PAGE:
The April 26 settlement was a serious matter: Musk could have faced sanctions for contempt of court if he failed to patch up the rift with the SEC over whether he was following the terms of an earlier settlement.
Tesla CEO Elon Musk is in trouble again with the Securities and Exchange Commission, this time over a 13-word tweet.
The SEC filed a motion in federal court on Feb. 25, claiming that a tweet that Musk sent out last week violated the terms of an agreement aimed at settling a securities fraud case brought last September. After the motion came to light, Tesla’s shares lost as much as 5 percent of their $298.77 market-close value in after-hours trading. The price crept back to somewhere around its previous level overnight, however, as traders digested the news.
It’s the latest in a series of ups and downs caused by Musk’s Twitter habit.
There was good-natured snark from SarcasticRover and from Matthew Inman, the Seattle cartoonist behind The Oatmeal (following up on his terrific preview of the landing). And there were heartfelt congratulations from the space community’s celebrities, including SpaceX founder Elon Musk and Bill Nye the Science Guy.
Muilenburg, who also serves as Boeing’s chairman and president, will make his Twitter debut on Jan. 31 with the announcement of the company’s fourth-quarter financial results for 2017 and Boeing’s guidance for business in 2018.
“This new communications approach for our CEO will provide an effective platform for sharing company news and industry insight,” Phil Musser, Boeing senior vice president of communications, said today in a news release. “It also will help us highlight the inspirational, innovative work of our people, and better connect with customers, stakeholders and aerospace enthusiasts — where the conversations are taking place.”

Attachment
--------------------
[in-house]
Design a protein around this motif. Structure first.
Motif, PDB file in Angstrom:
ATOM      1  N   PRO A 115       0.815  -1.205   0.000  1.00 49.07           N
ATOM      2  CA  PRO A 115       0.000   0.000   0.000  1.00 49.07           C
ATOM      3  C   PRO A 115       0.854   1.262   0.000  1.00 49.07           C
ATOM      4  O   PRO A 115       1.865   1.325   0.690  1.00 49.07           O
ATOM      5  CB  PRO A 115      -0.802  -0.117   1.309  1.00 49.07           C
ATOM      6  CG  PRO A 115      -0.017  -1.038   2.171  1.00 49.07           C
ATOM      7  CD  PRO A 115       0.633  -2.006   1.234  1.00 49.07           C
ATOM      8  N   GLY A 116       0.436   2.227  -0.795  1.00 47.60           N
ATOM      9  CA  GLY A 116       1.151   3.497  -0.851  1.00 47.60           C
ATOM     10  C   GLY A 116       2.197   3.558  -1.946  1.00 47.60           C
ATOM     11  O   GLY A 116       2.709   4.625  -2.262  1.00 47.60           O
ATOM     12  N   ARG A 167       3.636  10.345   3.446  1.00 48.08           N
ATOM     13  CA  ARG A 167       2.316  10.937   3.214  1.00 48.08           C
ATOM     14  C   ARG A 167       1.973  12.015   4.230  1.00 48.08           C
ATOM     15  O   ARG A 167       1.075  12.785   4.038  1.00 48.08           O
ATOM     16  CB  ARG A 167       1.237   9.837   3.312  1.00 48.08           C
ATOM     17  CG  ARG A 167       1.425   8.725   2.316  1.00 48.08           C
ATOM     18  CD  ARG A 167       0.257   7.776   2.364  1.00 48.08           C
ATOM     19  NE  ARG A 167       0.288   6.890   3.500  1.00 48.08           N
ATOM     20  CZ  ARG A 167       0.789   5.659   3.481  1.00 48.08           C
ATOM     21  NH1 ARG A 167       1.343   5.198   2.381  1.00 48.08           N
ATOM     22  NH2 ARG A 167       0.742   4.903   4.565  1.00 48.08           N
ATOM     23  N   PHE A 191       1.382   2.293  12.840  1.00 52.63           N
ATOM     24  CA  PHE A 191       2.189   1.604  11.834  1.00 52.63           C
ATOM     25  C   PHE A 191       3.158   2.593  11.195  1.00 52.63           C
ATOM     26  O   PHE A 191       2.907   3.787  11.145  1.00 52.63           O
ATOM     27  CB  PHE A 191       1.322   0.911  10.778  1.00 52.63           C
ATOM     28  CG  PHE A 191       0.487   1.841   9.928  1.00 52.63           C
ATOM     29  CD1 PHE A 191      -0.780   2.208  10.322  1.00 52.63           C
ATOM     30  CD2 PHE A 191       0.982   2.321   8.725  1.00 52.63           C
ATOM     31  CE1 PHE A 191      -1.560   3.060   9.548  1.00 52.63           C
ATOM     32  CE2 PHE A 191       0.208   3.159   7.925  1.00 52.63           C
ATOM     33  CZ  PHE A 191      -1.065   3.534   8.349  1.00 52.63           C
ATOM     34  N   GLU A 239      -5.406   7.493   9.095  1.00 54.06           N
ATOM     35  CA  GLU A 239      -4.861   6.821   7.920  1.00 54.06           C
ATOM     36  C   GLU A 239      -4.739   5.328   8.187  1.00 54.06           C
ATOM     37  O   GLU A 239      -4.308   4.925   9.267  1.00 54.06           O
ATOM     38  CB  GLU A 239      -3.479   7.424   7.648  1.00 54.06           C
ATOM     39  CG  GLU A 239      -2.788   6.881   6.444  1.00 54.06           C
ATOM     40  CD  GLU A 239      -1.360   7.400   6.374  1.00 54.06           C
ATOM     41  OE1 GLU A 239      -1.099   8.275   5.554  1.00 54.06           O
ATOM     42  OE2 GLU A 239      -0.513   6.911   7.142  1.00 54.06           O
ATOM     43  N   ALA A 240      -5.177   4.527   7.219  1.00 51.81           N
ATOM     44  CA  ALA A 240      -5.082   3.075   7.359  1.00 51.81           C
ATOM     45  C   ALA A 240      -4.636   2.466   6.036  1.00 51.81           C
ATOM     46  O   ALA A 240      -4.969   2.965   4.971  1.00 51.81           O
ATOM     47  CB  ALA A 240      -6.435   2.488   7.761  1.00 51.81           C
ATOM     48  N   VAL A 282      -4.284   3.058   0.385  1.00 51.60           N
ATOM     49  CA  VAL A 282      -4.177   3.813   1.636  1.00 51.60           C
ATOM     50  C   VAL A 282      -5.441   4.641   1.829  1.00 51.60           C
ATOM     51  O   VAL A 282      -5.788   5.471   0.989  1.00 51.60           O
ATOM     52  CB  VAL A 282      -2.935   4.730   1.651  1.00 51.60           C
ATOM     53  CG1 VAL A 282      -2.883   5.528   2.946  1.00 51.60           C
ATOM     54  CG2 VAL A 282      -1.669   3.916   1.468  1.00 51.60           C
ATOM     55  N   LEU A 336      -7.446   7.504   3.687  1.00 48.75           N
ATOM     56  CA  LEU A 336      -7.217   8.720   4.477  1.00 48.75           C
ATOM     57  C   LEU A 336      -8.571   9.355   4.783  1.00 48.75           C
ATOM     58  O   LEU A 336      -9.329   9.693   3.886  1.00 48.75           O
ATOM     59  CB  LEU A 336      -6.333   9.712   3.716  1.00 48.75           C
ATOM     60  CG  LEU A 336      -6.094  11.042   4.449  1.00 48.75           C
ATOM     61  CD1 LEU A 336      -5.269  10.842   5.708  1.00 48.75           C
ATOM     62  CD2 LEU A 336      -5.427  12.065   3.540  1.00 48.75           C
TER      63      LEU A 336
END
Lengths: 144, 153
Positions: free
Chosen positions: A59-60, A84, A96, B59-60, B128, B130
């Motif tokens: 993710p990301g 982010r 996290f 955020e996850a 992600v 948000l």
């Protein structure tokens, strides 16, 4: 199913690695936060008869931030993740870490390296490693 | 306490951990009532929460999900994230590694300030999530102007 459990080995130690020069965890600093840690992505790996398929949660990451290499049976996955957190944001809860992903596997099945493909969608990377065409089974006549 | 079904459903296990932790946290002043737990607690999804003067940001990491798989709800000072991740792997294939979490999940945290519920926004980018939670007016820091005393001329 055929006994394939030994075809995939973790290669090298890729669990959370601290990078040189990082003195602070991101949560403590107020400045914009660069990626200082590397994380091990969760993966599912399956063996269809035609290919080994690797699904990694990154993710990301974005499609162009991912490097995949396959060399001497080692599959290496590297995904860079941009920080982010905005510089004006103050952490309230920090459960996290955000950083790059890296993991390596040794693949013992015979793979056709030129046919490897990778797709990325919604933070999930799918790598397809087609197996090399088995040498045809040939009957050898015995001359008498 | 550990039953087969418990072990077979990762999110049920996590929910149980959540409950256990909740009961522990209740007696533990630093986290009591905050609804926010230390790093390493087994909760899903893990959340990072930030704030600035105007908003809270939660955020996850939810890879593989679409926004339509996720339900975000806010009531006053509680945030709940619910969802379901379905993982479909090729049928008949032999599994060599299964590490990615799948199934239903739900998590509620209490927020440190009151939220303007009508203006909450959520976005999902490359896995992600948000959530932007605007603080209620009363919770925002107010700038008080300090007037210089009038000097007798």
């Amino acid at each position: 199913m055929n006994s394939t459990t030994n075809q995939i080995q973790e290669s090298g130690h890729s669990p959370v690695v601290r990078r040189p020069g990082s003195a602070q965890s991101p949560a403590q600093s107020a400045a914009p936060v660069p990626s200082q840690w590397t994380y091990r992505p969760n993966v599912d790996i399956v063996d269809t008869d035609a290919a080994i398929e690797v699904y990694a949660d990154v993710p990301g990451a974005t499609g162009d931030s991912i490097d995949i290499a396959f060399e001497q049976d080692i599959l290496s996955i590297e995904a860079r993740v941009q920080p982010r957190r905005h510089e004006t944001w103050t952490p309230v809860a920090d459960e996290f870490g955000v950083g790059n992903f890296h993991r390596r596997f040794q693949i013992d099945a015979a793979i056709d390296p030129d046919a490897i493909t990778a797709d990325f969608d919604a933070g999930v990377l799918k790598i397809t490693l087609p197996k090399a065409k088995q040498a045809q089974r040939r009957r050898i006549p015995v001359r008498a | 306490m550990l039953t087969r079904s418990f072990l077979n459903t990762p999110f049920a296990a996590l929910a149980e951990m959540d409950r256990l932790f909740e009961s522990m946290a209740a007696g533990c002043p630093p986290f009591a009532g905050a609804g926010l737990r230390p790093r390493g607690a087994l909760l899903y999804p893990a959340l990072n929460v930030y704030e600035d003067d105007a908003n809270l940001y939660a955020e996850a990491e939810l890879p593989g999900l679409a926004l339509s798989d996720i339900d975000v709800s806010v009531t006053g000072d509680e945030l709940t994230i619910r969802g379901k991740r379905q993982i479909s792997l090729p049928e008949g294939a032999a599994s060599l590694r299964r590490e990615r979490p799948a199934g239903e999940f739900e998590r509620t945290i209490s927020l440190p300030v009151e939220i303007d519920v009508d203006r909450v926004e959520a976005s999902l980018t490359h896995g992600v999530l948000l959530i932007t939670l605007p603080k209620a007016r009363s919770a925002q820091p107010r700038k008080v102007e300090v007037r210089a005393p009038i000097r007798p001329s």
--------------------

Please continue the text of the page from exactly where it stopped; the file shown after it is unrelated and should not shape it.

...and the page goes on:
Twitter says it has followed through on its commitment to Congress by identifying and suspending more than 50,000 automated accounts linked to Russian agents – and alerting 677,775 Twitter users in the U.S. who followed those accounts, or retweeted or liked their postings.
Thousands of those accounts have been found just in the past couple of months.
In today’s update, the company says it’ll enlist machine-learning tools to boost its ability to slap down fake accounts, coordinated tweet campaigns and bots.
The measures were taken to address concerns sparked by the 2016 presidential campaign, during which agents from Russia’s infamous Internet Research Agency and other Russia-linked entities mounted a propaganda effort that boosted GOP candidate Donald Trump.
That rivalry crossed over into the Twittersphere in November, when the Amazon founder used his first tweet to tout the landing of Blue Origin’s New Shepard suborbital spacecraft after its first test flight to an outer-space altitude.
One of Bezos’ biggest rivals in the space game is SpaceX’s billionaire founder, Elon Musk, who weighed in with an artful series of tweets that started out praising Blue Origin’s test flight but ended up downplaying it.